glazed


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glaze

 (glāz)
n.
1. A thin smooth shiny coating.
2. A thin glassy coating of ice.
3.
a. A coating of colored, opaque, or transparent material applied to ceramics before firing.
b. A coating, as of syrup, applied to food.
c. A transparent coating applied to the surface of a painting to modify the color tones.
4. A glassy film, as one over the eyes.
v. glazed, glaz·ing, glaz·es
v.tr.
1. To fit, furnish, or secure with glass: glaze a window.
2. To apply a glaze to: glaze a doughnut; glaze pottery.
3. To coat or cover thinly with ice.
4. To give a smooth lustrous surface to.
v.intr.
1. To be or become glazed or glassy: His eyes glazed over from boredom.
2. To form a glaze.

[From Middle English glasen, from glas, glass, from Old English glæs; see ghel- in Indo-European roots.]

glaz′er n.
ThesaurusAntonymsRelated WordsSynonymsLegend:
Adj.1.glazed - (used of eyes) lacking liveliness; "empty eyes"; "a glassy stare"; "his eyes were glazed over with boredom"
empty - holding or containing nothing; "an empty glass"; "an empty room"; "full of empty seats"; "empty hours"
2.glazed - fitted or covered with glass; "four glazed walls"
glassless, unglazed - not furnished with glass; "windows were unglazed to admit as much light and air as possible"
3.glazed - having a shiny surface or coating; "glazed fabrics"; "glazed doughnuts"
unglazed - not having a shiny coating; "unglazed paper"
4.glazed - (of foods) covered with a shiny coating by applying e.g. beaten egg or a sugar or gelatin mixture; "glazed doughnuts"; "a glazed ham"
coated - having a coating; covered with an outer layer or film; often used in combination; "coated paper has a smooth polished coating especially suitable for halftone printing"; "sugar-coated pills"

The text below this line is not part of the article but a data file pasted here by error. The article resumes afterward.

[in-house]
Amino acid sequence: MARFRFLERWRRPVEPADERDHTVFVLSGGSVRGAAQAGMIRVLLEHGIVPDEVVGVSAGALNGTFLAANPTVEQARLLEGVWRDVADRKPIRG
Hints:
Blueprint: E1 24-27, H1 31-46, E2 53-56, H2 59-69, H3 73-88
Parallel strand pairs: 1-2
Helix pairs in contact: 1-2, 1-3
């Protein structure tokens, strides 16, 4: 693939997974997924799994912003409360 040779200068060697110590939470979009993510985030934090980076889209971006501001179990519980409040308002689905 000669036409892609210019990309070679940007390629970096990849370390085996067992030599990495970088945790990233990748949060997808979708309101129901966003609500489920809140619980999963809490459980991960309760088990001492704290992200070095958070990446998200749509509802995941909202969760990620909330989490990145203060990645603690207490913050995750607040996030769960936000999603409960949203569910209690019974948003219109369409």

glazed

adjective expressionless, cold, fixed, empty, dull, blank, vacant, dazed, lifeless, glassy She sat in front of the television with glazed eyes.
Translations
lasittunut

glazed

[gleɪzd] ADJ
1. [surface] → vidriado; [paper] → satinado; [eye] → vidrioso
2. (Brit) [door, window etc] → con vidrio or cristal
3. (Culin) → glaseado
4. (US) (= tipsy) → achispado

glazed

[ˈgleɪzd] adj
[eyes, look] → vitreux/euse
[pottery] → vernissé(e)
[tiles] → vernissé(e)

glazed

[gleɪzd] adj (tiles, pottery) → invetriato/a (fig) (eye) → vitreo/a
References in classic literature ?
Hester Prynne, meanwhile, kept her place upon the pedestal of shame, with glazed eyes, and an air of weary indifference.
His schoolhouse was a low building of one large room, rudely constructed of logs; the windows partly glazed, and partly patched with leaves of old copybooks.
Nor could I pass unnoticed the suggestion of the bleak shores of Lapland, Siberia, Spitzbergen, Nova Zembla, Iceland, Greenland, with "the vast sweep of the Arctic Zone, and those forlorn regions of dreary space,--that reservoir of frost and snow, where firm fields of ice, the accumulation of centuries of winters, glazed in Alpine heights above heights, surround the pole, and concentre the multiplied rigours of extreme cold.
To sit, staring at those fixed glazed eyes, in silence for a moment, would play, Scrooge felt, the very deuce with him.
On the walls there were some common coloured pictures, framed and glazed, of scripture subjects; such as I have never seen since in the hands of pedlars, without seeing the whole interior of Peggotty's brother's house again, at one view.
We parted in tears and kisses, and I lived for some weeks with that sense of having been a Nero, till two months after I received a much glazed and silvered card to the usual effect.
As they looked on him in astonishment, the eyes opened but they were fixed and glazed.
He saw him search the ground with his keen eyes, and he only sat there watching with eyes that glazed from the intensity of his gaze.
There lay the cabinet before their eyes in the quiet lamplight, a good fire glowing and chattering on the hearth, the kettle singing its thin strain, a drawer or two open, papers neatly set forth on the business table, and nearer the fire, the things laid out for tea; the quietest room, you would have said, and, but for the glazed presses full of chemicals, the most commonplace that night in London.
The steersman is placed in a glazed box, that is raised about the hull of the Nautilus, and furnished with lenses.
The roof was in shadow, and the windows, partially glazed with coloured glass and partially unglazed, admitted a tempered light.
A globe of fire appeared above the glazed opening of the ceiling, casting a strong light into my chamber; and I perceived with terror that a man was standing within a few paces of me.